The lowest income bracket pays 224% more in combined taxes as a share of their income than Arizonans in the top 1%.
80% of Arizonans pay a higher percentage of their income in general sales taxes than in income taxes.
Arizona cities have some of the highest sales tax rate in the nation with some cities having a sales tax rate as high as 10%.
Rather than address the unfairness of Arizona''s tax system, the proposed initiative makes us permanently dependent on a regressive sales tax to fund education. To me, this is unacceptable.
ASU’s Morrison Institute for Public Policy warned us after the passage of Prop. 100:
Proposition 100 was critical, but is not the long-term solution. We cannot continue to ask voters to pass sales taxes to bring the budget into balance.
The one cent sales tax was a necessary stop-gap measure called for in desperate times; but it should not become a permanent solution. Better and more equitable solutions exist. Sadly they are not being considered.
Some tell me that we have no other viable choice. I say they are wrong. This initiative is the only alternative because the big money players have decided that they don’t want us to have other options
Polling was never conducted by the organizations promoting the permanent sales tax regarding less regressive solutions such as an income tax on high incomes. One must ask why this is so. Keep in mind that some of those helping to finance this initiative would be adversely affected by an increase in taxes on upper incomes.
The Arizona Hospital Association back in 2010 proposed a voter initiative to fund health-care by increasing taxes on upper wage earners. I'm told they had polling that showing it could win at the ballot box. Unfortunately, Republicans in our State Legislature strong-armed them into dropping this idea with the threat they would do bad things to the hospital industry if they even thought about supporting such an initiative. This initiative proposed raising the tax rate on incomes above $150,000 from 4.5% to 5.5%. It was never filed with the Arizona Secretary of State's Office.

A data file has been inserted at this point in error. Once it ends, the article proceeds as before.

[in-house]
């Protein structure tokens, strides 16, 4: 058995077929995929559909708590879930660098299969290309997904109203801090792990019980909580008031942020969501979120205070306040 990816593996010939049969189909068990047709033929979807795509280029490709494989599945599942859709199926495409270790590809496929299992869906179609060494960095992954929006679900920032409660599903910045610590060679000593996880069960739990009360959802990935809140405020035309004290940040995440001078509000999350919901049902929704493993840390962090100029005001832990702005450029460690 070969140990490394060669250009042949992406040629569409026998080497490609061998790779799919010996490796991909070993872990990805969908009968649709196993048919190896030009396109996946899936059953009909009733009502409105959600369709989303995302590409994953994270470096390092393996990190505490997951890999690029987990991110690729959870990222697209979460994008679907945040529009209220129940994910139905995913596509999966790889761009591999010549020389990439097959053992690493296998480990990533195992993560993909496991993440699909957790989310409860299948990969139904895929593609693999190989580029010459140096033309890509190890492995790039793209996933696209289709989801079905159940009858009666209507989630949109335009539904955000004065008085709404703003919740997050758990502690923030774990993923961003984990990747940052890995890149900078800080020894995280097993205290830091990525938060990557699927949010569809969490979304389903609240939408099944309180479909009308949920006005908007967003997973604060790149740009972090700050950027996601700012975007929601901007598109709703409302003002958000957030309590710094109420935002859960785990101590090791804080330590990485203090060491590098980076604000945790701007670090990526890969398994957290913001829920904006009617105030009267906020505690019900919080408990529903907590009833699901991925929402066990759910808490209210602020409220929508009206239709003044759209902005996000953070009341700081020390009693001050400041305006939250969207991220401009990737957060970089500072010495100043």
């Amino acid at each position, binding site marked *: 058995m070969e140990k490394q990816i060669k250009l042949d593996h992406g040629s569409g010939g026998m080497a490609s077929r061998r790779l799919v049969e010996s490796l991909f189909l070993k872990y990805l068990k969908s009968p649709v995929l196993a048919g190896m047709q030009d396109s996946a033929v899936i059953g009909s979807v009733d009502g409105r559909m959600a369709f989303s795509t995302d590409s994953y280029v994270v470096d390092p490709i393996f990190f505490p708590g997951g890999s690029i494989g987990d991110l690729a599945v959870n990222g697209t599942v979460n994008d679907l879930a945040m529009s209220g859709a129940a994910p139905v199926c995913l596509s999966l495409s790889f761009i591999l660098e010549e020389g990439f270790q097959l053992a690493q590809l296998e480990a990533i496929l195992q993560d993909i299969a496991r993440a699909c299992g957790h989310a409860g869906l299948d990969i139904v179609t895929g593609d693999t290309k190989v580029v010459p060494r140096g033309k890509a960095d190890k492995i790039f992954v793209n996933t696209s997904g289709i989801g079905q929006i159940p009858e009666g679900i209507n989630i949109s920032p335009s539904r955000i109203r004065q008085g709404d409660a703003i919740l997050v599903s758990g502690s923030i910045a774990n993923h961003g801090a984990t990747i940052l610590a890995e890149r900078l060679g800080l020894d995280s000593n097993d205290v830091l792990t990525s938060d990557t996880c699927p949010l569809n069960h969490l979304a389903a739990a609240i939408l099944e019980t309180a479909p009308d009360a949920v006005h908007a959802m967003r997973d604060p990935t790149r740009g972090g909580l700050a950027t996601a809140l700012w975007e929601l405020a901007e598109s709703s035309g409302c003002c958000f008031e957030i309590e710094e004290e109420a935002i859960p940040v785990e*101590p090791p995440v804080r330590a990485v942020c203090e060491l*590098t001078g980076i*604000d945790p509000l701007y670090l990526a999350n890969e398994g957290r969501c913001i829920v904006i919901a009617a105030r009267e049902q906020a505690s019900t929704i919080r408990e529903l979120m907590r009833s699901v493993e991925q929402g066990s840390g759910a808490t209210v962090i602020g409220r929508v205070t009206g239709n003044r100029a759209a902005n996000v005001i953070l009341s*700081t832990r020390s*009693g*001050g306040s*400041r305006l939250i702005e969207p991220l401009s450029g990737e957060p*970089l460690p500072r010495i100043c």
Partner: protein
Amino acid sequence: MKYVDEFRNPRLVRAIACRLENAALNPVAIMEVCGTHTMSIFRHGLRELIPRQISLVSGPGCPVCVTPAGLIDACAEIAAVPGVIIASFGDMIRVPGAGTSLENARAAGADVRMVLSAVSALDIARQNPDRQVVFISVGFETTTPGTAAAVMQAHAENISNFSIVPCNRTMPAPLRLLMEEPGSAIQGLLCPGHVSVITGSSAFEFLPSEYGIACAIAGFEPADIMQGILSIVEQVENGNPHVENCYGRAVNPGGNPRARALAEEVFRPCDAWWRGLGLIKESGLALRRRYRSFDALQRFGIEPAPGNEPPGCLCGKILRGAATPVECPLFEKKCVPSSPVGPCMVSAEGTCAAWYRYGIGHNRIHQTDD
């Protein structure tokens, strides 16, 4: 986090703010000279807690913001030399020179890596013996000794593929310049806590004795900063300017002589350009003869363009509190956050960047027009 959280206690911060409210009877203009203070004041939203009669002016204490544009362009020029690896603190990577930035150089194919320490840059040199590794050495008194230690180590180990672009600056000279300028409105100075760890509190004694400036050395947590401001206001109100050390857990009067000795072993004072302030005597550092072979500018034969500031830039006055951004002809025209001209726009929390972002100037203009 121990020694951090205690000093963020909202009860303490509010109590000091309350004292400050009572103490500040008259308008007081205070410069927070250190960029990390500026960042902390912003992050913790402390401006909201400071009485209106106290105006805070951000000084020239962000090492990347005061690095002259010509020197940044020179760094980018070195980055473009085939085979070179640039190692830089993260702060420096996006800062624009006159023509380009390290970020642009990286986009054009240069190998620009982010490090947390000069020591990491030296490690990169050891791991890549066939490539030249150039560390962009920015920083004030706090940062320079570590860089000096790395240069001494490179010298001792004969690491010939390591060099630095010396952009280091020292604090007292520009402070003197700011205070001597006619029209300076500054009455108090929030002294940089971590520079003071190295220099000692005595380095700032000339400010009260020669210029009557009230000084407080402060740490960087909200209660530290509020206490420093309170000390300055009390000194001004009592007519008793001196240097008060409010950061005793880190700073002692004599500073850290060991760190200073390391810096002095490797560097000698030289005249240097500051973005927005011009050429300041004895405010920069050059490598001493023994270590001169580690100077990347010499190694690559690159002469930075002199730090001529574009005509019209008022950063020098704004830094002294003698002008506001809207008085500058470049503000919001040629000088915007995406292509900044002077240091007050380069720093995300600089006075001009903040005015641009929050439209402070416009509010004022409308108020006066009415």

Now that the Arizona Legislature has dramatically cut funding to hospitals anyway, one wonders if the hospitals might have the stomach for such a fight now. Perhaps they would be willing to help fund a ballot initiative of this sort.
In California, the teacher’s unions are supporting an initiative that combines an income tax on upper wage earners with a sales tax. Originally they supported an increase in the income tax on upper wage earners alone, but they reached a compromise with Governor Jerry Brown who favored a sales tax.
I am told by some that we must not let the perfect be the enemy of the good and that this initiative, flawed as it might be, is our only option if we are to obtain adequate financing for Arizona schools in the immediate future. My response is this; Don’t just accept any old solution without asking some hard questions first. "Do something even if it's wrong" is not a good way to make policy, particularly when the measures put into place by this initiative will be difficult to undo in the future. Take the time to actually read the initiative and you’ll realize that not only is it not a good solution, it may have results that are positively harmful.
Moreover, passing this initiative will remove the pressure from voters and lobbyists that will be required to achieve a decent solution, one that doesn't perpetuate a tax system that puts the greatest burden on low-income Arizonans.
Arizonans will simply not let their schools crumble or hospitals close if this measure fails at the ballot box, as I believe it should. They will insist that their elected representatives do something about it. Hospitals and teachers unions won’t let this happen either. If this initiative goes down in flames, they’ll simply try something else. Perhaps they'll even give progressive taxation a try.